Thursday was day number eight, and our sixth day in Ethiopia. It started off well enough, but it fairly quickly devolved into a map-finding problem. I don't mean that I couldn't find the map. What I mean is that the map did not match our on-the-ground information, local driver’s experience, or even GIS data gathered by my wife back home. I knew the approximate distance I needed to cover that day was about 260 km (approx. 160 miles). What I couldn't figure out was what that terrain was going to be like. Plainly put, I like knowing where the hills are. But that knowledge just wasn't available.
I started at the exact same spot where I stopped cycling the night before. On my human-powered expedition, there is always a flag placed at my stopping point, so that my crew can get me back to where I need to be the next day without missing any steps, strides or RPMs. This flag was a bit in the middle of nowhere, but I had been accosted by a group of motorcyclists about 30 minutes after dark, and we’d decided that was enough for one day. But Day Eight would bring a whole new set of challenges.
I began riding at 6:45 a.m., a little later than I like. But as long as I could keep riding steadily, I knew that I was doing everything that I could to makeup time. We can’t always control our outcomes, but we do have ownership over our efforts. I had to make it to Weyt’o by the end of the day or there was very little chance that I would make it to the Kenyan border by 5 pm on Friday, our cutoff time to get exit stamps from Emigration Officials in Ethiopia to be allowed to leave Ethiopia. And if I didn't make that deadline, the expedition was most certainly over. It would take my very best effort!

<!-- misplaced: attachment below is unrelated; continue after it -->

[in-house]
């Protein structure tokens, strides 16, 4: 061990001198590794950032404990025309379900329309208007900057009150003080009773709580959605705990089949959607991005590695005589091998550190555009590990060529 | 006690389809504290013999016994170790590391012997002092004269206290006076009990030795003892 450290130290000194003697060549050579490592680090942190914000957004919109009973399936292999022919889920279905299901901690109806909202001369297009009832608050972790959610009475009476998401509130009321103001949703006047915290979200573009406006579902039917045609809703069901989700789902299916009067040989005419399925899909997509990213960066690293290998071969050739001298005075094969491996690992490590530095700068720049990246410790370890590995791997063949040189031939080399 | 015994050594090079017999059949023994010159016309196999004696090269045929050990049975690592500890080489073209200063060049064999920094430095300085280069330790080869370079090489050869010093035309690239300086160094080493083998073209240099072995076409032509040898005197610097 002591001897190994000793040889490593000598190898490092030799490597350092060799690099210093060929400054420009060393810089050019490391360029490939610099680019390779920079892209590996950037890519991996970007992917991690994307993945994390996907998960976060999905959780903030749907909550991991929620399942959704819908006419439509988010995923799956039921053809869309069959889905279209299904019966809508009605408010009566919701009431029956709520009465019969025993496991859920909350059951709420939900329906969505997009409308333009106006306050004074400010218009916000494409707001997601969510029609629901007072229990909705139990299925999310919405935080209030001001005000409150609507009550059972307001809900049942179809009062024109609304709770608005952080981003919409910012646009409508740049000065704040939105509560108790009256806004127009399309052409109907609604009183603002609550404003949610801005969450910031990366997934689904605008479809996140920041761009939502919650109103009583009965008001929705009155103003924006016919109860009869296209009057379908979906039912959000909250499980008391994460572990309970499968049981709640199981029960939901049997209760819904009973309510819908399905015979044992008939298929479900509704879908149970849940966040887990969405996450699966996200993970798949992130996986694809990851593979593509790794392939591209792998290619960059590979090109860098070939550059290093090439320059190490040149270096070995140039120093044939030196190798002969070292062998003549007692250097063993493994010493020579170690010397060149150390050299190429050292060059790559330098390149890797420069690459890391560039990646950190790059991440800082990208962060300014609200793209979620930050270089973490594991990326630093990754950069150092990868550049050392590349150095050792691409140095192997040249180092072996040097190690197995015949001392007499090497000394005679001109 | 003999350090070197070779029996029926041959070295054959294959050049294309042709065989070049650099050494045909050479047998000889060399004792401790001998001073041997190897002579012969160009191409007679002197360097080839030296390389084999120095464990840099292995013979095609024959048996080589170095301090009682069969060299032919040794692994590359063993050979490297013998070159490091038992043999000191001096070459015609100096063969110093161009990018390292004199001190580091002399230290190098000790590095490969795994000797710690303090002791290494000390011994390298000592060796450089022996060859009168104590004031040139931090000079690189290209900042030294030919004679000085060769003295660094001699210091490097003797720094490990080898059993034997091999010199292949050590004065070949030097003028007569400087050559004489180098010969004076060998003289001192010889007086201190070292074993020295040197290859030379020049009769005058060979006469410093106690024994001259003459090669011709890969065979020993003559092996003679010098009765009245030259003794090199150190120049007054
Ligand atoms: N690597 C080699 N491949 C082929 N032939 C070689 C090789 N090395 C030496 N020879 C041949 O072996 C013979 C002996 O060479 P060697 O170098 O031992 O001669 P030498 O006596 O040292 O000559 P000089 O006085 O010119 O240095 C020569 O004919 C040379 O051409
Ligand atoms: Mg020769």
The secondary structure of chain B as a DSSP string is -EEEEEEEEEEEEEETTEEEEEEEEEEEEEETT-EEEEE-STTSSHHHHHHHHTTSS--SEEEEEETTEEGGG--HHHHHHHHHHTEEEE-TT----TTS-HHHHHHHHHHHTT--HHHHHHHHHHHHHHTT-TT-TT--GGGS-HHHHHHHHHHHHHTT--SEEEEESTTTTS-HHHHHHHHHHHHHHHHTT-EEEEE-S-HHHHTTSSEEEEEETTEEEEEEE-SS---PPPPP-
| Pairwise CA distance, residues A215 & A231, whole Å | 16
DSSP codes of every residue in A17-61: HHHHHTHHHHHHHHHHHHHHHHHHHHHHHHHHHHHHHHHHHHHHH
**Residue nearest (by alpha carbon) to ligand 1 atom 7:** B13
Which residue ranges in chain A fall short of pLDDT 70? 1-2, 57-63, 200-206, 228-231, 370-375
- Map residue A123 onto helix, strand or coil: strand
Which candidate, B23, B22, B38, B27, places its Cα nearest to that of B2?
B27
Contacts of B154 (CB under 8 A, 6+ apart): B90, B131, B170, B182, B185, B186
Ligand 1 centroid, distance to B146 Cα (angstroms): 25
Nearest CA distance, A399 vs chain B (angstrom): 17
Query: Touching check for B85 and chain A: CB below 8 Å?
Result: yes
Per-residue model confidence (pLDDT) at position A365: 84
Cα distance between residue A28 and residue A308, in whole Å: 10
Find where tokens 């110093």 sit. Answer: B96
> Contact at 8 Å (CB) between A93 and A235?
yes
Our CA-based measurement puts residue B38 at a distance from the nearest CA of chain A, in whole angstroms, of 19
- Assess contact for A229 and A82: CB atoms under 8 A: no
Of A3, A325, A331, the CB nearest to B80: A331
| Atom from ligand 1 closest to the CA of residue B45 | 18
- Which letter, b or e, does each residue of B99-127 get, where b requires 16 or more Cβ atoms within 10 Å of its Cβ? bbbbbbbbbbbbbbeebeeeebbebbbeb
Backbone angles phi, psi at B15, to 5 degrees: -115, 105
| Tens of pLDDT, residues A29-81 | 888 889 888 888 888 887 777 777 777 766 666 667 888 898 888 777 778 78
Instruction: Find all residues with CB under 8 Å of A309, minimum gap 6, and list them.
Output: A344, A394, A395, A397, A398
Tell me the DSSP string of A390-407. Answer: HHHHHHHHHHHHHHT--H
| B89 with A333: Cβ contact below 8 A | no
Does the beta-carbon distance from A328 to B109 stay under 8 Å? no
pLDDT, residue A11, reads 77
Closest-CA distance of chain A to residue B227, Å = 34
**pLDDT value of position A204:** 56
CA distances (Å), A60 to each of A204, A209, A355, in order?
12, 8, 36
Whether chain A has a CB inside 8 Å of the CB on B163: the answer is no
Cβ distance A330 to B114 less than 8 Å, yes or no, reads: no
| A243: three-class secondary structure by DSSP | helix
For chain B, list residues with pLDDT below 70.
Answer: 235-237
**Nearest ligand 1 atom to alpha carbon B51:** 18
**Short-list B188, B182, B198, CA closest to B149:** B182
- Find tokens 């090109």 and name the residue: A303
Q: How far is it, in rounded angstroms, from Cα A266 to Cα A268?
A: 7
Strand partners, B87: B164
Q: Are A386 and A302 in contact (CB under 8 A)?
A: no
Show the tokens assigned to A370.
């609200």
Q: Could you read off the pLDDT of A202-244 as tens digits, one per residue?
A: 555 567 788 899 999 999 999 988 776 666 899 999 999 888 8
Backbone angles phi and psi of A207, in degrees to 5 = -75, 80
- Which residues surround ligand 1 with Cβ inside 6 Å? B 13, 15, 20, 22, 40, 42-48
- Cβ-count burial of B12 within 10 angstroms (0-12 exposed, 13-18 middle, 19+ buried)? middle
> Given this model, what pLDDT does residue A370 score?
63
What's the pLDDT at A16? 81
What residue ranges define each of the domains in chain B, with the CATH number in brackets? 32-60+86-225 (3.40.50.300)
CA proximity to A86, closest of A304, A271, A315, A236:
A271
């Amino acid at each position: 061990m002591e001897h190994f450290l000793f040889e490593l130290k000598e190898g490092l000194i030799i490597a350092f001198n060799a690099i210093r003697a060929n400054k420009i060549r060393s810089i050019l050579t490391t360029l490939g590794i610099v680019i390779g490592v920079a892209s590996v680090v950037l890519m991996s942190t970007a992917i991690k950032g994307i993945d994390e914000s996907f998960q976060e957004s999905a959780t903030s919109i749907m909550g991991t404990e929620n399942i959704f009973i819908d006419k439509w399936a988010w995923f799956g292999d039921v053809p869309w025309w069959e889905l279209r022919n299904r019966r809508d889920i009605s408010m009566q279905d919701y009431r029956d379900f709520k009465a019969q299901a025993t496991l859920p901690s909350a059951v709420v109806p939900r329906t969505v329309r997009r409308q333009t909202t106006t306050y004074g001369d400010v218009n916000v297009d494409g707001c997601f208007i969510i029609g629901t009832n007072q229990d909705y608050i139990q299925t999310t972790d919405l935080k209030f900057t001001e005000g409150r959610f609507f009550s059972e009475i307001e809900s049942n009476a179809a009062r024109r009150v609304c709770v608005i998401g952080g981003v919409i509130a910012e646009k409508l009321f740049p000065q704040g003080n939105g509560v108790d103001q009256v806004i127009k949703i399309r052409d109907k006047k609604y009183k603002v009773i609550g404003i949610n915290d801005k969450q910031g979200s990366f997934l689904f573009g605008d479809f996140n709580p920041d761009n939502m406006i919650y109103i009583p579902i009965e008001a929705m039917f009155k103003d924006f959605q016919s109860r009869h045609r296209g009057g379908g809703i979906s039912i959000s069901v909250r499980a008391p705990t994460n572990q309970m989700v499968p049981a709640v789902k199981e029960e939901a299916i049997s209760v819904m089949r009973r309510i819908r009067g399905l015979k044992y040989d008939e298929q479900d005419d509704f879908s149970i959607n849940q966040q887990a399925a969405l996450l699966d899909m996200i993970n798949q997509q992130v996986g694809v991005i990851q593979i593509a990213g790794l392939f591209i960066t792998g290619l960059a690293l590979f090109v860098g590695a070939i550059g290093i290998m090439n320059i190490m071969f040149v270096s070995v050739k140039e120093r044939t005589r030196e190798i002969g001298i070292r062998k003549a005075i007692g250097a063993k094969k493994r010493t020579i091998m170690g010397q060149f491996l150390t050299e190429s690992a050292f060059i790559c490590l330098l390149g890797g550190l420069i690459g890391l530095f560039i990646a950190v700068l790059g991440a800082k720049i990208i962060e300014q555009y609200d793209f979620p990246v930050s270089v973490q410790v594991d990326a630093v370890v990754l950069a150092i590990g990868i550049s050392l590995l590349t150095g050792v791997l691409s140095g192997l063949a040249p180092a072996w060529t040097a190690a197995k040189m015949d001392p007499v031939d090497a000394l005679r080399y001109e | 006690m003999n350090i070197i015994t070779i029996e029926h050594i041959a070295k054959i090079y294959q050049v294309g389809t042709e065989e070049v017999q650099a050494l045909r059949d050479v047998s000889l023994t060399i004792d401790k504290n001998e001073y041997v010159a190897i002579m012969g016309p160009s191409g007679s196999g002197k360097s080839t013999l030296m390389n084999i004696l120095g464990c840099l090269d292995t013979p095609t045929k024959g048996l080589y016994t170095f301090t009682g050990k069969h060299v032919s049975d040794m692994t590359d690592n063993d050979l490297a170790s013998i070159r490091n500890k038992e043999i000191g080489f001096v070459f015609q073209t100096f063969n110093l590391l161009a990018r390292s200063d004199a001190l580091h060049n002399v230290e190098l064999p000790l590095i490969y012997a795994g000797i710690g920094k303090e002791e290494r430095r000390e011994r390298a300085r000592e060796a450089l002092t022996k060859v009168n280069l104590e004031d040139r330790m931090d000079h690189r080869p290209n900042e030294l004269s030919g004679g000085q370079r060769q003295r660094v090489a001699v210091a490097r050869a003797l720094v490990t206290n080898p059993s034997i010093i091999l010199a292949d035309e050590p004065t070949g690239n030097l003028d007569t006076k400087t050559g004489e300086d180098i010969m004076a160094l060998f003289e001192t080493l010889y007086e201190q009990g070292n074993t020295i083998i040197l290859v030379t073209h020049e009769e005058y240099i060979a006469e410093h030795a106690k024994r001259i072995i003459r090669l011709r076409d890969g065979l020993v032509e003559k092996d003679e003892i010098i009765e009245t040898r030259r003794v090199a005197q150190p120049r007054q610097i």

The weather was cooler that it had been, and the towns we were going through seemed to be more low-key. Every kid still screamed something at me. Usually, they were just saying hello, asking for money, or just calling me a “firangi” in Amharic which simply means “foreigner.” I was not offended by it in the least. It's what I am! I always respect the fact that I am an outlander and those who live in the countries that I visit are kind to allow me entrance and passage.
At some point in the bike ride, I realized the maps we had drawn and the terrain I had expected – hills included – simply weren’t materializing. Despite our best attempts at planning and plotting and mapping, this land was indeed foreign to me, the firangi. After much fretting and trying to take control over the terrain, to tame it with logic and charts somehow, I realized I had to let go of my need for information and just be still. I let my brain quiet, and I kept climbing the massive hills, some of them bigger than any I've ever climbed. As I continued to ride, I found myself hoping that this would be the last big climb…and then this would be the last big climb…and then this would be the last big climb.
I was driving myself crazy because I was disappointed time after time. I finally understood I had to let go of this too. Eventually, I stopped thinking about whether it was THE last big hill and just focused on the climb I was on. I kept myself in the moment, and as the day wore down, I finally found the last climb, although I didn't know it until it was over!
Harnessing hope that each climb would be the last had put me on an emotional roller coaster. It was torturous. But once I let go of those expectations completely and surrendered to the reality that all these climbs had to be done, regardless of whether it was the first or the last, it became much easier.
Acceptance always helps things work out. And it allowed me to mentally be free of calculation on this day. My only job was to ride the bike.
If you’re following my journey, you already know whether or not I made that deadline and continued on into Kenya. Stay tuned for the next blog to learn ABOUT THE BORDER-CROSSING ADVENTURE AND BEYOND!
See you down the trail,